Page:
For expert use of color in your machine embroidery projects read below for tips and tricks. Follow these simple guidelines to successfully change the thread colors of an embroidery design for a professional look to all of your projects.
- Hue refers to the actual color, such as blue, green, or red. There are many hues of every color, and colors can have similar hues. Value refers to a color’s lightness or darkness. Each hue can have myriad values. Two thread colors can also have the same value, but different hues. For example, a light green and a light orange might have the same value, though very different hues.
- The simplest way to change a design’s colors is to change the hue while retaining the value. If a design calls for a light pink, medium pink and dark pink, and you want to change it to blue, you will need a light blue, medium blue and dark blue. Maintaining the value of the colors in the design keeps the depth created by the shaded and highlighted areas (A).
- Thread colors look different depending on the fabric they’re stitched on. Contrast plays a key role in how a design looks. Contrast is the difference in value between two colors. Depending on the nature of the project, high or low contrast between the design and the fabric may be needed. If a design seems to disappear onto a fabric, the contrast is too low. If the design stands out too much, the contrast may be too high. Test-stitch a sample to help prevent contrast issues.
TONE IT DOWN OR KICK IT UP
- Color changes don’t need to be dramatic. Even slight changes to a design can make it look better on a certain fabric. When adjusting a design to make it stand out, start with the darkest color and go a shade deeper. Next, take the medium colors a shade darker, and finally make the lighter colors a shade darker. When making a design more subtle, start with the lightest color and work toward the darkest.
- Using the same concept, an embroidery design can be modified from a standard design to a juvenile design simply by changing the colors. Make each of the colors in the design a shade or two lighter to make it a soft baby pastel. Or, do the reverse by taking a pastel design and brightening the colors (B).
- When changing the hue or value of floral designs, take inspiration from nature. Use actual photographs to help choose and assign new thread colors. Photographs help a design look natural when multiple colors and values are incorporated.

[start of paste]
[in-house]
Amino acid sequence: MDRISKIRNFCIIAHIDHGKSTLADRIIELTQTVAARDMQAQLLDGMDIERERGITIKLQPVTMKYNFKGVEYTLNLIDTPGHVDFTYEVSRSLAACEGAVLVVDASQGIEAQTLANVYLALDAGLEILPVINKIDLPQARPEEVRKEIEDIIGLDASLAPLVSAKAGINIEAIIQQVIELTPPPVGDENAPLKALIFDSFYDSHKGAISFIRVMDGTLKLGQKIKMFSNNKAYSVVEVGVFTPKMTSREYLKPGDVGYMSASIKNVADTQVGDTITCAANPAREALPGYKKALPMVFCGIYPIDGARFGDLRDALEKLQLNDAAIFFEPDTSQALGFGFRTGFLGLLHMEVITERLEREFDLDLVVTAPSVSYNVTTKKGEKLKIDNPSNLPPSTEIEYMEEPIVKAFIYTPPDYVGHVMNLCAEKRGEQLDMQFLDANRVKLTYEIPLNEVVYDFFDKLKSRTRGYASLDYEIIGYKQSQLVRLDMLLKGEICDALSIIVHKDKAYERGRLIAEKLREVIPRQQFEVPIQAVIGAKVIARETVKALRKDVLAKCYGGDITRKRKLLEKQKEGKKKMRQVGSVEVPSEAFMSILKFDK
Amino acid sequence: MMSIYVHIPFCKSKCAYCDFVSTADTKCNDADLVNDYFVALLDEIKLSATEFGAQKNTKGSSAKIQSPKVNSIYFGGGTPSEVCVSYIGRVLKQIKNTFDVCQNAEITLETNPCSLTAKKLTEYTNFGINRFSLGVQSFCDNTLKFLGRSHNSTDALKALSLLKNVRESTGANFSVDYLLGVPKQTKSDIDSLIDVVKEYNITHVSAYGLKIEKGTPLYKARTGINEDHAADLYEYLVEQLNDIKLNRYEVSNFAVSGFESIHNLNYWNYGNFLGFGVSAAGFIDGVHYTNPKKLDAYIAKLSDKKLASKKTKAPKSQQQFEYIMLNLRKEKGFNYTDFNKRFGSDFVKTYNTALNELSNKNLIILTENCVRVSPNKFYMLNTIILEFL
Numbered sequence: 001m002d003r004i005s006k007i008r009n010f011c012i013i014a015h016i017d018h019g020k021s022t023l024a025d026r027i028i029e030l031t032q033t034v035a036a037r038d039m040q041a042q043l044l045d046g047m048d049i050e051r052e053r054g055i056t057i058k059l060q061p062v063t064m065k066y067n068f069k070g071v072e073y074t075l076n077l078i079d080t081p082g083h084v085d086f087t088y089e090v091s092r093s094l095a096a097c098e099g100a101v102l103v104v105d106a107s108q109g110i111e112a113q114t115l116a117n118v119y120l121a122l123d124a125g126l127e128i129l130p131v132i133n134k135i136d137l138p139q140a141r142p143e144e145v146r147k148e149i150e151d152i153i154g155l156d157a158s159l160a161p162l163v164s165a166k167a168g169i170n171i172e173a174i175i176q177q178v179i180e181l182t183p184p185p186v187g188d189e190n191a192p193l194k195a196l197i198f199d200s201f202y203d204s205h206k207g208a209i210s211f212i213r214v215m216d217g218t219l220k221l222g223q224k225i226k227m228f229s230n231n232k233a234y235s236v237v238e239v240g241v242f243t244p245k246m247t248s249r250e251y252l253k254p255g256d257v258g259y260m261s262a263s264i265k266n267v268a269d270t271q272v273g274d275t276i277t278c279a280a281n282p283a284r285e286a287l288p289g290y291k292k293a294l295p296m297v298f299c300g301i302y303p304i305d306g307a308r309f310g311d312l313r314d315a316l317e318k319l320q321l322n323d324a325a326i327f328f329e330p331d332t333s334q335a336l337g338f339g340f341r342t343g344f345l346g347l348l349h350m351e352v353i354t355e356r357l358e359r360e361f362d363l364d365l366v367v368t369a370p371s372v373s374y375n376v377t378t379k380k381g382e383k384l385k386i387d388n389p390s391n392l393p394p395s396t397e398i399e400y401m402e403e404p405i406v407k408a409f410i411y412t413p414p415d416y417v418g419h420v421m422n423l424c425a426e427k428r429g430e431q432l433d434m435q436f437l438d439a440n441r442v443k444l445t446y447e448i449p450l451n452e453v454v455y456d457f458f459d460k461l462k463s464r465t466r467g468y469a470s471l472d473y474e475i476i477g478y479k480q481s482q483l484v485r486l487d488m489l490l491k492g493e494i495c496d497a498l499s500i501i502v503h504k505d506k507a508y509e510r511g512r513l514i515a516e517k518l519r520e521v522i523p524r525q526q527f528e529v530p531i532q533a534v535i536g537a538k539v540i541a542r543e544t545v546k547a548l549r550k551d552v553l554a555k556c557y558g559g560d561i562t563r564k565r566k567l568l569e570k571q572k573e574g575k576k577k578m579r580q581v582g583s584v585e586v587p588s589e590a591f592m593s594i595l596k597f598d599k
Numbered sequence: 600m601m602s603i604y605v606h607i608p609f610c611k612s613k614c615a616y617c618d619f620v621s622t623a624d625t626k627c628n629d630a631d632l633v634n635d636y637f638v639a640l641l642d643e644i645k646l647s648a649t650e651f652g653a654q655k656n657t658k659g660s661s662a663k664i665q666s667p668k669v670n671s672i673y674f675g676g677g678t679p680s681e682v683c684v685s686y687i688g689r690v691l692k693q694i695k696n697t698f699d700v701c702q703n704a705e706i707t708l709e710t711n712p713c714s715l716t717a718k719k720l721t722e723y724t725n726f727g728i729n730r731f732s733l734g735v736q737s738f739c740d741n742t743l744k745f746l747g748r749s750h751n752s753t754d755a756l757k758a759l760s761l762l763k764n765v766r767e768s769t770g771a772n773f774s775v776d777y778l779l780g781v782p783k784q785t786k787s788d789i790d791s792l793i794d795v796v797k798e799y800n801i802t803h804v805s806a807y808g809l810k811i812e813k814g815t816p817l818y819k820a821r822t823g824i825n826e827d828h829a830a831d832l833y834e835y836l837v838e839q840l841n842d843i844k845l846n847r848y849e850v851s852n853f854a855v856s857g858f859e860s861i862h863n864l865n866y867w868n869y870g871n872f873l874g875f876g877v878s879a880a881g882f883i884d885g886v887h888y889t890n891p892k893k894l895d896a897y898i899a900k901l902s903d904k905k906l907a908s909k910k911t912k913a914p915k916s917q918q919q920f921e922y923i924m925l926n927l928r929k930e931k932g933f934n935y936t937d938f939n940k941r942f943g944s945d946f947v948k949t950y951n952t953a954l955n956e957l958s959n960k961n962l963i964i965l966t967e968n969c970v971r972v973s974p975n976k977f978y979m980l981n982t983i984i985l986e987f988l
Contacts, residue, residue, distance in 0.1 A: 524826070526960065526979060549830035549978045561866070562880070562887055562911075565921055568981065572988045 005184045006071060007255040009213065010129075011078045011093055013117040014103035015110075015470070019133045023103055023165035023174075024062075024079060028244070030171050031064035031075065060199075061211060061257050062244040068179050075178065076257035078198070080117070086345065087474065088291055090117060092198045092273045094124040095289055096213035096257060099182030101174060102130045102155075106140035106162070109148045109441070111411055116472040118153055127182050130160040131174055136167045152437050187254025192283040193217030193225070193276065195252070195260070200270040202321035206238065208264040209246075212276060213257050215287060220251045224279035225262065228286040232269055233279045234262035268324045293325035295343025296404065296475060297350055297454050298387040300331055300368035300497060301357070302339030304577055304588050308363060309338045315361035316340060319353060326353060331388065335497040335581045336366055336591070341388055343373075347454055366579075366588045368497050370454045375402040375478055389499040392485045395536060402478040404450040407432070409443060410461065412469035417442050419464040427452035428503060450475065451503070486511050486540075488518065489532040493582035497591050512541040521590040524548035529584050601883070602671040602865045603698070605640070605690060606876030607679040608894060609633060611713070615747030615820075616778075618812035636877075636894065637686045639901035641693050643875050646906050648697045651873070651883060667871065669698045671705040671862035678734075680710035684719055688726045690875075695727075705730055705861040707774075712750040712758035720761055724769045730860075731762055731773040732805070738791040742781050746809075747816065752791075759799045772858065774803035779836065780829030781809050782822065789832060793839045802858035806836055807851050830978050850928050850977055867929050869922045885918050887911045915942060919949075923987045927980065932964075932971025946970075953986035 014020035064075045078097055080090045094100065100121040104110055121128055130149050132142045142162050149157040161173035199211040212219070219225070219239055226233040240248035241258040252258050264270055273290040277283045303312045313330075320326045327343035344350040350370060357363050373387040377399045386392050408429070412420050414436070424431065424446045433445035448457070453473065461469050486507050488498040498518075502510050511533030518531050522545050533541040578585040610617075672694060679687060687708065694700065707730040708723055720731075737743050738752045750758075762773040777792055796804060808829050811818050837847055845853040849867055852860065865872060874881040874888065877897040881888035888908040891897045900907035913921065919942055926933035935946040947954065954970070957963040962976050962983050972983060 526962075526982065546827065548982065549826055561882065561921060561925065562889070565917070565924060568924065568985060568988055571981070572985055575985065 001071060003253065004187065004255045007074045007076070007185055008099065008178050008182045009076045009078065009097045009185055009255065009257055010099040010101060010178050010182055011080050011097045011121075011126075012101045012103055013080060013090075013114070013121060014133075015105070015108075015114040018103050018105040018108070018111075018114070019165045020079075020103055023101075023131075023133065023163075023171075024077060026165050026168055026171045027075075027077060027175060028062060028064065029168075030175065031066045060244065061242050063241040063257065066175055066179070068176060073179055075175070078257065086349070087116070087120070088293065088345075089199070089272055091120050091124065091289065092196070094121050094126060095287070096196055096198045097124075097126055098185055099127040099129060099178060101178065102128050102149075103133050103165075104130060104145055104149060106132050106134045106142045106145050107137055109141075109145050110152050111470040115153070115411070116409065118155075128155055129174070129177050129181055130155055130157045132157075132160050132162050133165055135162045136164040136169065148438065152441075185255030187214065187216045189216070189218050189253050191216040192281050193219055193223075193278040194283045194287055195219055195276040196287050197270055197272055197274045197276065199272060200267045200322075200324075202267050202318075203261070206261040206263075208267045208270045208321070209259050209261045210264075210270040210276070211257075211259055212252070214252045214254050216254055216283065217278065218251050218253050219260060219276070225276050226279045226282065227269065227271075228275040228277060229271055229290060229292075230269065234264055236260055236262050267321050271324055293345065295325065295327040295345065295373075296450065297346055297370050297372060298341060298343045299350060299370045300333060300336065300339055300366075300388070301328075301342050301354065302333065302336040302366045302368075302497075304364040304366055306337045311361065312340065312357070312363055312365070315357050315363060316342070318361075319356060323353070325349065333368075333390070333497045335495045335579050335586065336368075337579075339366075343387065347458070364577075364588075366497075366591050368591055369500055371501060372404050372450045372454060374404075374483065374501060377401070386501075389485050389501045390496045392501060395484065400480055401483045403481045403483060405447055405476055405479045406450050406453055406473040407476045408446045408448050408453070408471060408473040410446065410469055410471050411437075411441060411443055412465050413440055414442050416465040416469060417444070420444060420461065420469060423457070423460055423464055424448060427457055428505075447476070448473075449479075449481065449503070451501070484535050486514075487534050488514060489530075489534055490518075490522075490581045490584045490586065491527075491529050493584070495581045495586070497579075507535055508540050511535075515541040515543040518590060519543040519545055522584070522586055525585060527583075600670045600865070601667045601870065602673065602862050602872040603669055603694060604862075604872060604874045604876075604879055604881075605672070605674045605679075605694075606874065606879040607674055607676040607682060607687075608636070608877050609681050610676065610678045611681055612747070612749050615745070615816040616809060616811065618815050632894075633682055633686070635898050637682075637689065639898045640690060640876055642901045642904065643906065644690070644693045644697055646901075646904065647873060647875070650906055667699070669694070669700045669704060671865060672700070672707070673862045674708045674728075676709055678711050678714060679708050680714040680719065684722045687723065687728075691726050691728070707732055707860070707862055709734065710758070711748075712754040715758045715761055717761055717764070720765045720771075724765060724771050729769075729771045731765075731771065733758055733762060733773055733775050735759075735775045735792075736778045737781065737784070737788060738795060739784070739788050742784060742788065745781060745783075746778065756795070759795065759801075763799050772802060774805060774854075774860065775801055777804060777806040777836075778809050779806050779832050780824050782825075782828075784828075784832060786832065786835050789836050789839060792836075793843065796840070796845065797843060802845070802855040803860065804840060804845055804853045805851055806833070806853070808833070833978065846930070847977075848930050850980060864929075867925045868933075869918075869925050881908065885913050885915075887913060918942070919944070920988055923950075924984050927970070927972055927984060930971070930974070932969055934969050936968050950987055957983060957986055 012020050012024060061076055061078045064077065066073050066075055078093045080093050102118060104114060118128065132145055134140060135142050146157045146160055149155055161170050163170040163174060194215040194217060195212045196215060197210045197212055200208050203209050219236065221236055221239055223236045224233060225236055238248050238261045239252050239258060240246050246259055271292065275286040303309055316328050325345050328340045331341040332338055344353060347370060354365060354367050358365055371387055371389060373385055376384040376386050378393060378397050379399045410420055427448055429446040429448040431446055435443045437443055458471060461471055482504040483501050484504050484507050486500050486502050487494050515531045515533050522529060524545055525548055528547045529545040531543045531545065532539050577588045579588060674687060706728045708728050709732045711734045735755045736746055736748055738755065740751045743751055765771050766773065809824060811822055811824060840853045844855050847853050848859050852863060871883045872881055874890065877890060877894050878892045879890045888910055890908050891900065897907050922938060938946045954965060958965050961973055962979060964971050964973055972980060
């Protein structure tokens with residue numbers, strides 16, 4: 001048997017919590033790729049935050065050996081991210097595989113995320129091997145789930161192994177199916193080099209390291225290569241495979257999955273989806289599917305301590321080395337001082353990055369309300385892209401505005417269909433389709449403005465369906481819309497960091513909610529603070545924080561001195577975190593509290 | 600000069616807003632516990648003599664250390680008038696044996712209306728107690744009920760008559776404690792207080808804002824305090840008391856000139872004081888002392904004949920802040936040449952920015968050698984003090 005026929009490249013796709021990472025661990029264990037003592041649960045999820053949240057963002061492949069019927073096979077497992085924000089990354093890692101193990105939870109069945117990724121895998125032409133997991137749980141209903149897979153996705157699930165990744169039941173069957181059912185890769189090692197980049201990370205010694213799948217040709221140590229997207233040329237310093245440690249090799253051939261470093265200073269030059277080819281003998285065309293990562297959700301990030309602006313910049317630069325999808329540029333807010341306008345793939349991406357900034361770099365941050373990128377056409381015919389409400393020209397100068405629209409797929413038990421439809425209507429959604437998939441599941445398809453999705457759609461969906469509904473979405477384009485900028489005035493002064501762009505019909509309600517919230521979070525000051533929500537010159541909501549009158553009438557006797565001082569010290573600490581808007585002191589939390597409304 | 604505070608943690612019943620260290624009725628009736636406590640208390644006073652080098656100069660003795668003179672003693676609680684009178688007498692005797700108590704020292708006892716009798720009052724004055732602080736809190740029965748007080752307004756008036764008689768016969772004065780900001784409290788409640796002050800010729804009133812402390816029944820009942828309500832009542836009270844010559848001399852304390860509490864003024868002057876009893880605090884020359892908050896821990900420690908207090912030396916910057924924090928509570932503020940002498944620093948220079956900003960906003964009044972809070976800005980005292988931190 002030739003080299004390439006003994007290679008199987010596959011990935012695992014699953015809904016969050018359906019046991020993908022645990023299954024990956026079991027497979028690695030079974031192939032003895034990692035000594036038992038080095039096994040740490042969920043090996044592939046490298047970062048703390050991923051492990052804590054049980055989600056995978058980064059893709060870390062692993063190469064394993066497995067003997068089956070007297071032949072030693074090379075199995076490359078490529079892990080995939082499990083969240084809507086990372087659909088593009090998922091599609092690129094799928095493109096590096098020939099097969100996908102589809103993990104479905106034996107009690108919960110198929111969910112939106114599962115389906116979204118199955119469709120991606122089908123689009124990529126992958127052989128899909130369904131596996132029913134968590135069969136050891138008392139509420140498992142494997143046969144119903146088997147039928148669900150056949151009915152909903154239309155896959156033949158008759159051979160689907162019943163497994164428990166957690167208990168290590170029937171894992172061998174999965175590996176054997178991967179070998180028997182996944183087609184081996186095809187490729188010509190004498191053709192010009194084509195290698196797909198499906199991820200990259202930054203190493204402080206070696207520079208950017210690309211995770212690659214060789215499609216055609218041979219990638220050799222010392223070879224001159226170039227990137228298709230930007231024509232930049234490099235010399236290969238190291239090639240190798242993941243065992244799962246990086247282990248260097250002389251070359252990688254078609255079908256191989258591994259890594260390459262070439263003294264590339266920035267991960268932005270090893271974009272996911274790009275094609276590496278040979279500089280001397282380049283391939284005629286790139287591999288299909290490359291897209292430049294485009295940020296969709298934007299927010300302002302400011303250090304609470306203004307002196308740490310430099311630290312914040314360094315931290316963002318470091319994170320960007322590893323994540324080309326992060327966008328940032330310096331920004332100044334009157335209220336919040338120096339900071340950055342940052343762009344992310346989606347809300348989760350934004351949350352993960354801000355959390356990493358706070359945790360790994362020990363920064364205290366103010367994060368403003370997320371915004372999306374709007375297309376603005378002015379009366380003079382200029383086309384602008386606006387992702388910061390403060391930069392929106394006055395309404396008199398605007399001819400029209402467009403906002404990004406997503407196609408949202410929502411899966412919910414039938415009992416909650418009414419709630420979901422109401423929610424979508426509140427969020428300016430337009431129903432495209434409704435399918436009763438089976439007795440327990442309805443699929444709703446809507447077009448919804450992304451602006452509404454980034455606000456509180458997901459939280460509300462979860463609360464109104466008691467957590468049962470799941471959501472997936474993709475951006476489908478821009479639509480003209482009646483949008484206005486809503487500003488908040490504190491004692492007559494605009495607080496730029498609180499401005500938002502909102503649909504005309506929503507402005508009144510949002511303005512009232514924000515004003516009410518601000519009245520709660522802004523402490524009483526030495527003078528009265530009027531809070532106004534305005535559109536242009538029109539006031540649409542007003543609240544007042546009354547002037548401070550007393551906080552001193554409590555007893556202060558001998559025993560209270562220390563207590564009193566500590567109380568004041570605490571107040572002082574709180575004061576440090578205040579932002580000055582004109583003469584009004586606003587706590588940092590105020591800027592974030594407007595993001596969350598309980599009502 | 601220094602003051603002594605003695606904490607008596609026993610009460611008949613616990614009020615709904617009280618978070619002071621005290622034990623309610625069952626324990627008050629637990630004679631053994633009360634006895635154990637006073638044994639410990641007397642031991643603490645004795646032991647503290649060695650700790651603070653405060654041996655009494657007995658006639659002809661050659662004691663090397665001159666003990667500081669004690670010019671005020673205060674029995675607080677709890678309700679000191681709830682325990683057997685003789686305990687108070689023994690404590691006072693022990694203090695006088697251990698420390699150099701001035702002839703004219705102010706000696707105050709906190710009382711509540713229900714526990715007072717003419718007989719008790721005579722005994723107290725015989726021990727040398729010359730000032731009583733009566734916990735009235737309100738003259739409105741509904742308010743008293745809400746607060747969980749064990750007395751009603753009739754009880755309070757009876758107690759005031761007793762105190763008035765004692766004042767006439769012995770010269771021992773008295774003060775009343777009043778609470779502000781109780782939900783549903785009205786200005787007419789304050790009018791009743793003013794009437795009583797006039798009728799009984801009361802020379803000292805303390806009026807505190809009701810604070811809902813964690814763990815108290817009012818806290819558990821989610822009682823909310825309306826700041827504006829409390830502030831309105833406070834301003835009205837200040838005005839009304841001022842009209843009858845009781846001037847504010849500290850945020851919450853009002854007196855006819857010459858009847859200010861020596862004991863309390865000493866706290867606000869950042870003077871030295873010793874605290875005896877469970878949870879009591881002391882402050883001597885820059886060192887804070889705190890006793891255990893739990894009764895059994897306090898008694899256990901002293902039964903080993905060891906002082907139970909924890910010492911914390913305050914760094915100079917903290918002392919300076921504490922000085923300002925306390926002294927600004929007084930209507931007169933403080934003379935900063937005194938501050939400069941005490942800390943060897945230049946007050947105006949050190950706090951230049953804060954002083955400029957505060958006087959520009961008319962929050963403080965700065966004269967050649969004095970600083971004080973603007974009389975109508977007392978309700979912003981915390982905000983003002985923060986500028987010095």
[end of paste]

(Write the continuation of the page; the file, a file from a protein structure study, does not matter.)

- Get ideas for color combinations by referring to a favorite past embroidery design. Even if two designs have a different style, using the same thread colors to stitch them ties them together. Using colors from the flower design, featured at left, and incorporating them into the heart design gives the heart design a more muted look so the two designs can be used in the same project (C).
- Embroidery software is a great tool for changing thread colors. While thread colors can be changed without it, using software allows you to preview the changes on the screen before stitching. Thread colors in embroidery software are an approximation of the color, and may look different from one computer screen to another.
- Embroidery software also allows color changes to various design parts, and helps eliminate unwanted color changes. To change the colors of the bear’s suit, featured below, from red to blue by changing all red thread also changes the bear’s tongue blue (D). Embroidery software easily fixes the color changes.
- Consider keeping a notebook with color notes. Note thread color, type and number, and note what worked and what didn’t. Also, keep color inspiration, such as magazine clippings, paint sample cards, or favorite photographs. §
THREAD COLOR CHARTS
Each embroidery machine and design assumes a certain thread brand is being used. Substituting brands can cause differences in the final design. Use thread color charts from each company to compare color differences and choose a suitable alternative color.
This article originally appeared in the Creative Machine Embroidery magazine May/June 2013 issue and was written by Kay Hickman. You can purchase past and current issues at shopsewitall.com. Or, subscribe and never miss an article, fun project and plenty of freebies.